15.9: CHANGE OF VARIABLES IN MULTIPLE
INTEGRALS
KIAM HEONG KWA
1.
C
1
Transformations and Their Jacobians
By a transformation
or change of variables
T
:
S
→
R
is meant a
function whose domain
S
and range
R
are both subsets of
R
2
. For ease
of distinction, we denote the space in which
R
lies as the
uv
plane,
while the space in which
S
lies as the
xy
plane. It is then customary
to write
T
(
u, v
) = (
x
(
u, v
)
, y
(
u, v
))
,
(
u, v
)
∈
S,
where
x
(
u, v
) and
y
(
u, v
) denote the first and the second components
of
T
.
The point (
x
(
u, v
)
, y
(
u, v
)) is referred to as the image of the
point (
u, v
), while the range
R
=
T
(
S
) is called the image of
S
un
der the transformation
T
.
Such a transformation
T
is said to be
continuously differentiable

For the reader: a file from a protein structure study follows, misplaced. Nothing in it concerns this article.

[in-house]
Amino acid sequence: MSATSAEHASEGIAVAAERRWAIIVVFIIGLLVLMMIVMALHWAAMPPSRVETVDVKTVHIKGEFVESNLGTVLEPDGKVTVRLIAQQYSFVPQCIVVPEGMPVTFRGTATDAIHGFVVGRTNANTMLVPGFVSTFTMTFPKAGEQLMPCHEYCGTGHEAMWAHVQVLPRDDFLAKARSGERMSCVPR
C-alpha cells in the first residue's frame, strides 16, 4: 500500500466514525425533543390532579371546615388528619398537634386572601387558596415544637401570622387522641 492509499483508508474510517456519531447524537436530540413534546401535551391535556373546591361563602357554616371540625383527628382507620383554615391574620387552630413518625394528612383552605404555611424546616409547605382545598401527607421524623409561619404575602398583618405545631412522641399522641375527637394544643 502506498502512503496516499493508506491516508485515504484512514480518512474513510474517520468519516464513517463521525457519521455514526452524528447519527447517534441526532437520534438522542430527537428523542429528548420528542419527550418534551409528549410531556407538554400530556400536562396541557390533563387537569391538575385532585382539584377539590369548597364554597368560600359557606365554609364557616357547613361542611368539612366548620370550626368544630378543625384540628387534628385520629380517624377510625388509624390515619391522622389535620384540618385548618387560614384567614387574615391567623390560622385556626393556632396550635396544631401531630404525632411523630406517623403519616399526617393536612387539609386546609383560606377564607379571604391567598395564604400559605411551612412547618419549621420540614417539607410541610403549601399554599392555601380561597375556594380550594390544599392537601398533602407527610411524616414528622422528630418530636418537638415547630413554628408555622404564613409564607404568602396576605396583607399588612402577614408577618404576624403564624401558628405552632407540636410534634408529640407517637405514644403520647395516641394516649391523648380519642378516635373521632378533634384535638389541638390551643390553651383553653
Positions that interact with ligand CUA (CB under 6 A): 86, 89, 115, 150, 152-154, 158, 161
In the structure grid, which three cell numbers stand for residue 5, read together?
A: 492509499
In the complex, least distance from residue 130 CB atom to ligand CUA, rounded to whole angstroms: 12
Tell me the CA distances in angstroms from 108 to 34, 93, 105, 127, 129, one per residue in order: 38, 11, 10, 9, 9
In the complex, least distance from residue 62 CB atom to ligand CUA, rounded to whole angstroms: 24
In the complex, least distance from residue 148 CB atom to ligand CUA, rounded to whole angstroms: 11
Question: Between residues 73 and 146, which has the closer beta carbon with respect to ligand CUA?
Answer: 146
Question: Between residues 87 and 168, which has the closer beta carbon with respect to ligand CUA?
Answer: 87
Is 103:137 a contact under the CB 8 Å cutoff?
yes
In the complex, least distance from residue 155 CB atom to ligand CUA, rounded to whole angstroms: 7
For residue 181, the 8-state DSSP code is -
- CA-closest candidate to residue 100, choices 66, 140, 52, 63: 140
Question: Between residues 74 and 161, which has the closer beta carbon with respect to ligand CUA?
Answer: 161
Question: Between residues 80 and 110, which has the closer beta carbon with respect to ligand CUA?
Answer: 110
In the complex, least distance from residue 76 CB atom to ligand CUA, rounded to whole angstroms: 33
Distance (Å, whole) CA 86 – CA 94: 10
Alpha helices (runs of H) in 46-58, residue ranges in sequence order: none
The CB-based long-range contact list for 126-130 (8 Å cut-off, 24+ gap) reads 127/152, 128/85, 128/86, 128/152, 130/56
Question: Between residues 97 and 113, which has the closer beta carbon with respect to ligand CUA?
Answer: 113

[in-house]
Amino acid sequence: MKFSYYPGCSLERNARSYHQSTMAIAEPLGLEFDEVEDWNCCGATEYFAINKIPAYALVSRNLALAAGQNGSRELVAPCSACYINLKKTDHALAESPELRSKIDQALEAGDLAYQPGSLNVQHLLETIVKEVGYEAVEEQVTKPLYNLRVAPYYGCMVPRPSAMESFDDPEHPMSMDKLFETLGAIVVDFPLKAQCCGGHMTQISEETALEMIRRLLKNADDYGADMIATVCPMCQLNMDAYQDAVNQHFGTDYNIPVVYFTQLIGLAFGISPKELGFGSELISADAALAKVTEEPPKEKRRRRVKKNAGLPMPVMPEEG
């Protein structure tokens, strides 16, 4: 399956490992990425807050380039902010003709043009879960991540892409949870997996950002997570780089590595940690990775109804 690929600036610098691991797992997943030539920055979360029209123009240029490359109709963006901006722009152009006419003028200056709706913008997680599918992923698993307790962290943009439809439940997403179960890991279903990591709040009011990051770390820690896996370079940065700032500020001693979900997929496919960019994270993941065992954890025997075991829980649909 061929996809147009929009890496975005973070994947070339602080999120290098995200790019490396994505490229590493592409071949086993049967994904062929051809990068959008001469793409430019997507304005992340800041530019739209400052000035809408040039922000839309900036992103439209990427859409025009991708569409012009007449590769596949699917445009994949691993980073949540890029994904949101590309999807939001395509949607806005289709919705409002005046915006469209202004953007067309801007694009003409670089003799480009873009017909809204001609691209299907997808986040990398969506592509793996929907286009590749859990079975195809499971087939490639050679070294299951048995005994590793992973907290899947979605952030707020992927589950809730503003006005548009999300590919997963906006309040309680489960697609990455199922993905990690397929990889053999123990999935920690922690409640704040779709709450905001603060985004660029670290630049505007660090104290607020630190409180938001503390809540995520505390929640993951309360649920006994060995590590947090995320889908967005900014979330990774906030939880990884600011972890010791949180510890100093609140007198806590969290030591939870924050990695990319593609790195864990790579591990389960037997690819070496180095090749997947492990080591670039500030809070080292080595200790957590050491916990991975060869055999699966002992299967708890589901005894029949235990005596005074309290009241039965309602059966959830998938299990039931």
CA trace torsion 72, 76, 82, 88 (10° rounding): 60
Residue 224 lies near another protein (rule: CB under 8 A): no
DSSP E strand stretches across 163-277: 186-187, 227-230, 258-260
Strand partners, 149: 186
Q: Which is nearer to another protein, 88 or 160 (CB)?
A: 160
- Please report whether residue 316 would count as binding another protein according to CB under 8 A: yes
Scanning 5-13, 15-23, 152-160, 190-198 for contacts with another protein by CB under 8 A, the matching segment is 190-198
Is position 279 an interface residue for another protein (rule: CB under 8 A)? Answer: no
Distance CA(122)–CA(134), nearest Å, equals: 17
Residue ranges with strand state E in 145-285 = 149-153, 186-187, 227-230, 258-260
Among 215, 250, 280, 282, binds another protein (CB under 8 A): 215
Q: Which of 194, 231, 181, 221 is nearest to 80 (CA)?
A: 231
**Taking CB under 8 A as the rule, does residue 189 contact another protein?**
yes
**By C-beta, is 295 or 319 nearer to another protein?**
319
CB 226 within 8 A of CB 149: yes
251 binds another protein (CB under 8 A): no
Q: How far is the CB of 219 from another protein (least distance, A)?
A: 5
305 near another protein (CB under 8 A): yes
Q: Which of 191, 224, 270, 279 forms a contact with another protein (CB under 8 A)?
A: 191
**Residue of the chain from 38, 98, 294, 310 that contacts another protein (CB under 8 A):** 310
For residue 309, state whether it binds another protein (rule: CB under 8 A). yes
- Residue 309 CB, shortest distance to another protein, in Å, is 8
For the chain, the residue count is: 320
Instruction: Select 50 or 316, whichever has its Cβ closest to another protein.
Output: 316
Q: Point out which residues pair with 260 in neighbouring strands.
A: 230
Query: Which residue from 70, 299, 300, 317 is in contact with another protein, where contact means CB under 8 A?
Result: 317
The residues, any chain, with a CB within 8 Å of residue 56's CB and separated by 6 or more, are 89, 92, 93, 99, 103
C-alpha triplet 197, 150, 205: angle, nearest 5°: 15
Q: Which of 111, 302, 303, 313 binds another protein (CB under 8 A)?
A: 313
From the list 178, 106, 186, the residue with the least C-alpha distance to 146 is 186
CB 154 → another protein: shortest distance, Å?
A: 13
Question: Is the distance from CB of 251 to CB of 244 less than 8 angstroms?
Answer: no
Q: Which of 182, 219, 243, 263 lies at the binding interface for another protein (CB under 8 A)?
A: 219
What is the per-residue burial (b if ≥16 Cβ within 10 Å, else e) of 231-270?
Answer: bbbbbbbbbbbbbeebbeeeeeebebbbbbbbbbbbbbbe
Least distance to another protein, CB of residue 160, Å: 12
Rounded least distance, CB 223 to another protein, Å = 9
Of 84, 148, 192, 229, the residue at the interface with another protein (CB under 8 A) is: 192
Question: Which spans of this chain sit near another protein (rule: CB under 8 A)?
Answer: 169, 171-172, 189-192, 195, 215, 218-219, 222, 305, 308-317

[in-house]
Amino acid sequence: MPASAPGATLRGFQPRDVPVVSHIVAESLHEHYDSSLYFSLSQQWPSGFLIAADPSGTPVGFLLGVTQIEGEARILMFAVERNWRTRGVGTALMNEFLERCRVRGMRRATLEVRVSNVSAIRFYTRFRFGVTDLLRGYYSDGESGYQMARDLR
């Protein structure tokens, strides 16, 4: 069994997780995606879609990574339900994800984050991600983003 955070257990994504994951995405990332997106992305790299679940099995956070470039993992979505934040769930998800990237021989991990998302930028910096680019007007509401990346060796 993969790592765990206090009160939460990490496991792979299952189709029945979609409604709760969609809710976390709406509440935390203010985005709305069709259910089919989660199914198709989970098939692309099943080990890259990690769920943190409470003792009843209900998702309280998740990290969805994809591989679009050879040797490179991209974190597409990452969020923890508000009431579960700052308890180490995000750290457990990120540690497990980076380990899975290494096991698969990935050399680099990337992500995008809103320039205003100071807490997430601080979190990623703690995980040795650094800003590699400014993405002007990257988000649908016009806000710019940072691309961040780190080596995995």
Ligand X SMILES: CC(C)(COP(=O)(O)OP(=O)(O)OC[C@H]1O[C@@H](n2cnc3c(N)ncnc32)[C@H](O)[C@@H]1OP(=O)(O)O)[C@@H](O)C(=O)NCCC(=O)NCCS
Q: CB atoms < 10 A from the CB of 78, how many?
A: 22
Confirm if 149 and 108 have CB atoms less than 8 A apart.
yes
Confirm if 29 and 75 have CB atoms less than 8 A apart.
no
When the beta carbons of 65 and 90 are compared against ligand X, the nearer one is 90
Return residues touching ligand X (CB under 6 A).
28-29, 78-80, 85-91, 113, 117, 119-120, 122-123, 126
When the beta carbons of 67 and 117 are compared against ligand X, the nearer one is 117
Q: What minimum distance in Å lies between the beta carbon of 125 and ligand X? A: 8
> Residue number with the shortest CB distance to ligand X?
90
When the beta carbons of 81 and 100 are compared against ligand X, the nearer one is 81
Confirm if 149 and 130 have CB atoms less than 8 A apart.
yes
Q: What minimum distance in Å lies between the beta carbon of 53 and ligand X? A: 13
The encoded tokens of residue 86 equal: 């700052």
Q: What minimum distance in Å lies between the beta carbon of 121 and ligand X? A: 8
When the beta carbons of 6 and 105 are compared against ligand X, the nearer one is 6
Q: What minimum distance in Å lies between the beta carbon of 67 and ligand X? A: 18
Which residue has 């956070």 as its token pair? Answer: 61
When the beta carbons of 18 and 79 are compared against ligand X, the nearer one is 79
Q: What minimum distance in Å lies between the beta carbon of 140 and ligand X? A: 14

or
C
1
provided
x
u
,
x
v
,
y
u
, and
y
v
are well
defined and continuous.
We shall always assume that all transformations are
C
1
.
For our purpose in this section, we also require that a transformation
T
be injective
or onetoone
in the sense that no two points in
S
has the
same image. That is to say, if
T
(
u
1
, v
1
) =
T
(
u
2
, v
2
), then it is necessary
that (
u
1
, v
1
) = (
u
2
, v
2
). In this case, there is an inverse transformation
T

1
:
R
→
S
from the
xy
plane into the
uv
plane such that
T

1
◦
T
(
u, v
) = (
u, v
) and
T
◦
T

1
(
x, y
) = (
x, y
)
for all (
u, v
)
∈
S
and all (
x, y
)
∈
R
.
Next, we define the Jacobian
of
T
as
(1.1)
∂
(
x, y
)
∂
(
u, v
)
=
x
u
x
v
y
u
y
v
=
x
u
y
v

x
v
y
u
.
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 Fall '10
 Kwa
 Calculus, Geometry, Integrals, Transformations, Sets, xy plane, KIAM HEONG KWA, u∗, yu yv

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